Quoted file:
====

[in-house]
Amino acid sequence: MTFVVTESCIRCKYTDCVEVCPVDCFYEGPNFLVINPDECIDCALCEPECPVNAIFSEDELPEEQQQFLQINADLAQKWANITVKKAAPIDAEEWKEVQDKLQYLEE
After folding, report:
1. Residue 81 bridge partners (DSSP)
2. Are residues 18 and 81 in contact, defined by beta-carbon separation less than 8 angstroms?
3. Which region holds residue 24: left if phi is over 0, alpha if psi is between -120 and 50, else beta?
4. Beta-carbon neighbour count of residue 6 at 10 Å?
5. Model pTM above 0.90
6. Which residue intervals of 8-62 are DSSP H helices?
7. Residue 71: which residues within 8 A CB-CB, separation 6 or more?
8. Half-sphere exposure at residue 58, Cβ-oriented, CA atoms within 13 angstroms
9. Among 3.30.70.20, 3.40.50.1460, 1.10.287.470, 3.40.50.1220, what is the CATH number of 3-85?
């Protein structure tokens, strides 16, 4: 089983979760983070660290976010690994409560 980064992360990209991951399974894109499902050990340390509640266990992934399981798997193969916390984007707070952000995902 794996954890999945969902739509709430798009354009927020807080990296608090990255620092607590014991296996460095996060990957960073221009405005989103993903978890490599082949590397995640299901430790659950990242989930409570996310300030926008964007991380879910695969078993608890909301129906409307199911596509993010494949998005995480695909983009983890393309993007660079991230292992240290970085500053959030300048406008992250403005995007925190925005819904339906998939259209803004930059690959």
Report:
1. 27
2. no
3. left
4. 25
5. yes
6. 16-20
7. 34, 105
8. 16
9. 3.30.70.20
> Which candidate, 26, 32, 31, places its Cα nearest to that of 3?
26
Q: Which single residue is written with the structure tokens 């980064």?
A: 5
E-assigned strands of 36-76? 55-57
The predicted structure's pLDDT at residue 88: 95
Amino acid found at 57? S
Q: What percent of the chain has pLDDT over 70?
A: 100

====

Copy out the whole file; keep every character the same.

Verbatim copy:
[in-house]
Amino acid sequence: MTFVVTESCIRCKYTDCVEVCPVDCFYEGPNFLVINPDECIDCALCEPECPVNAIFSEDELPEEQQQFLQINADLAQKWANITVKKAAPIDAEEWKEVQDKLQYLEE
After folding, report:
1. Residue 81 bridge partners (DSSP)
2. Are residues 18 and 81 in contact, defined by beta-carbon separation less than 8 angstroms?
3. Which region holds residue 24: left if phi is over 0, alpha if psi is between -120 and 50, else beta?
4. Beta-carbon neighbour count of residue 6 at 10 Å?
5. Model pTM above 0.90
6. Which residue intervals of 8-62 are DSSP H helices?
7. Residue 71: which residues within 8 A CB-CB, separation 6 or more?
8. Half-sphere exposure at residue 58, Cβ-oriented, CA atoms within 13 angstroms
9. Among 3.30.70.20, 3.40.50.1460, 1.10.287.470, 3.40.50.1220, what is the CATH number of 3-85?
């Protein structure tokens, strides 16, 4: 089983979760983070660290976010690994409560 980064992360990209991951399974894109499902050990340390509640266990992934399981798997193969916390984007707070952000995902 794996954890999945969902739509709430798009354009927020807080990296608090990255620092607590014991296996460095996060990957960073221009405005989103993903978890490599082949590397995640299901430790659950990242989930409570996310300030926008964007991380879910695969078993608890909301129906409307199911596509993010494949998005995480695909983009983890393309993007660079991230292992240290970085500053959030300048406008992250403005995007925190925005819904339906998939259209803004930059690959």
Report:
1. 27
2. no
3. left
4. 25
5. yes
6. 16-20
7. 34, 105
8. 16
9. 3.30.70.20
> Which candidate, 26, 32, 31, places its Cα nearest to that of 3?
26
Q: Which single residue is written with the structure tokens 């980064």?
A: 5
E-assigned strands of 36-76? 55-57
The predicted structure's pLDDT at residue 88: 95
Amino acid found at 57? S
Q: What percent of the chain has pLDDT over 70?
A: 100